OH CRAP..i urinated on myself


now the question is.. who would win? answers anyone?


Rory dies first, obviously. Everyone expected it—except for the viewers in the capitol who bet on it being the fat hobbit. But that’s okay: Samwise dies second.

The bloodbath at the cornucopia goes like this, writ small: Merlin kills Rory and Arthur kills Samwise almost immediately. They’re the easiest, most defenceless targets. Frodo runs, thinking Sam is just behind him, and the last thing Sam does before Arthur slashes him open is yell run, mr. frodo. John drags Sherlock off after grabbing a single gun. Amy and the Doctor run, the Doctor having grabbed his screwdriver and a backpack full of supplies, because at heart that man is ruthlessly practical. Sam and Dean kill Arthur and Ron. Hermione and Harry kill Dean, and then the furious big guns get pulled out: Merlin and Hermione and Harry vs. Cas and Sam. Cas and Sam mostly win—they get the cornucopia, anyway—but Merlin, Hermione and Harry make it off with lots of supplies: wands for Hermione and Harry, a staff for Merlin, and swords for all three. (Well. Merlin takes Excalibur from Arthur’s dead hand, before the cannon fires and he is cleaned away.) They form an alliance: the magic-users versus everyone else, but most particularly against the angel. Hermione privately resolves to die for Harry if it comes to that, while Harry does the same.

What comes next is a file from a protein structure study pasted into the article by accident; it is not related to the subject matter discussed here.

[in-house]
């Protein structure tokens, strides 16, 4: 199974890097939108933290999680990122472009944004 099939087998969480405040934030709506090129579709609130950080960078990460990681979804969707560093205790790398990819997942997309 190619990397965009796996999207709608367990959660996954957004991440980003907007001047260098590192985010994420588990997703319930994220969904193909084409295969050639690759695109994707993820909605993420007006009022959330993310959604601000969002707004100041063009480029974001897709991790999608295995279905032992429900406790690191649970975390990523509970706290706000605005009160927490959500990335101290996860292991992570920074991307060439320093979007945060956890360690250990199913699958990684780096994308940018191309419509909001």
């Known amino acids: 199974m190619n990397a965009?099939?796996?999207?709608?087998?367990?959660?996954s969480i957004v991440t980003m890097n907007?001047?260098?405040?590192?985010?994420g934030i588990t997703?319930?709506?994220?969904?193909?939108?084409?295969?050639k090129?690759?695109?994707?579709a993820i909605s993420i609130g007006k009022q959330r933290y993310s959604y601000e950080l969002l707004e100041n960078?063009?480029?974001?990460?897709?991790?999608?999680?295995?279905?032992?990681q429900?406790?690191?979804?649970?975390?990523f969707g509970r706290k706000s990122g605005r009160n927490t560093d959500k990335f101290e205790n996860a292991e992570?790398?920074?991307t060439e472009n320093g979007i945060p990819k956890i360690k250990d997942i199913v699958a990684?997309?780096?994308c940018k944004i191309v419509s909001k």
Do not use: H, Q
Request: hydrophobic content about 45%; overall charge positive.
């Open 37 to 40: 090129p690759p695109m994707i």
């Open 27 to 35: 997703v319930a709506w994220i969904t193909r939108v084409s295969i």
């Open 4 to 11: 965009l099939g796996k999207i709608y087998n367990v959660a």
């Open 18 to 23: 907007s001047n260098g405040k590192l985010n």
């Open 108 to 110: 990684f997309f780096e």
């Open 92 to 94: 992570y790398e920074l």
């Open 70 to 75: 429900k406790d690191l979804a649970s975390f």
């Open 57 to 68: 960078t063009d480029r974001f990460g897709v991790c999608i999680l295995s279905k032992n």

Five cannons go off.

In the woods, The Doctor is desperately trying to convince Amy that she has to hang on, she has to. Sherlock and John find water. Frodo hides in a hole in the ground.

Merlin, Harry, and Hermione discuss possible ways to kill an angel, since Avada Kedavra didn’t work. Merlin thinks the angel’s power is in his sword, because of course he does.

Sam and Cas have a conversation neither of them ever wanted to: about how Sam didn’t need the feather to fly. 

Sam goes on a hunt. Cas follows after, silent and powerful. Like Dean and Cas in purgatory, but better, since Sam was always the better hunter when he’d put his conscience aside.

Sam catches Amy and the Doctor. He hears the Doctor call her Amy Pond, and for a split-second he hesitates, but then he shoots her in the back of the head anyway. Dean is dead. No more mercy.

The Doctor turns to the demon-boy and the angel with his best friend’s blood on his hands, and he is the Doctor who has committed genocide twice. He figures out that Cas is using the angel sword as the main conduit for his power. He figures out that Sam isn’t quite human. Sam has no more mercy for monsters, and the Doctor points out viciously that the three of them are the only monsters in the arena. Everyone else is quite human. Sam shoots him, and the Doctor regenerates, and steps back up an entirely new man, and makes his first deed in his new life snapping Sam Winchester’s neck from behind. Cas stabs the Doctor through the heart, and the Doctor falls down, apparently dead.

Three cannons go off.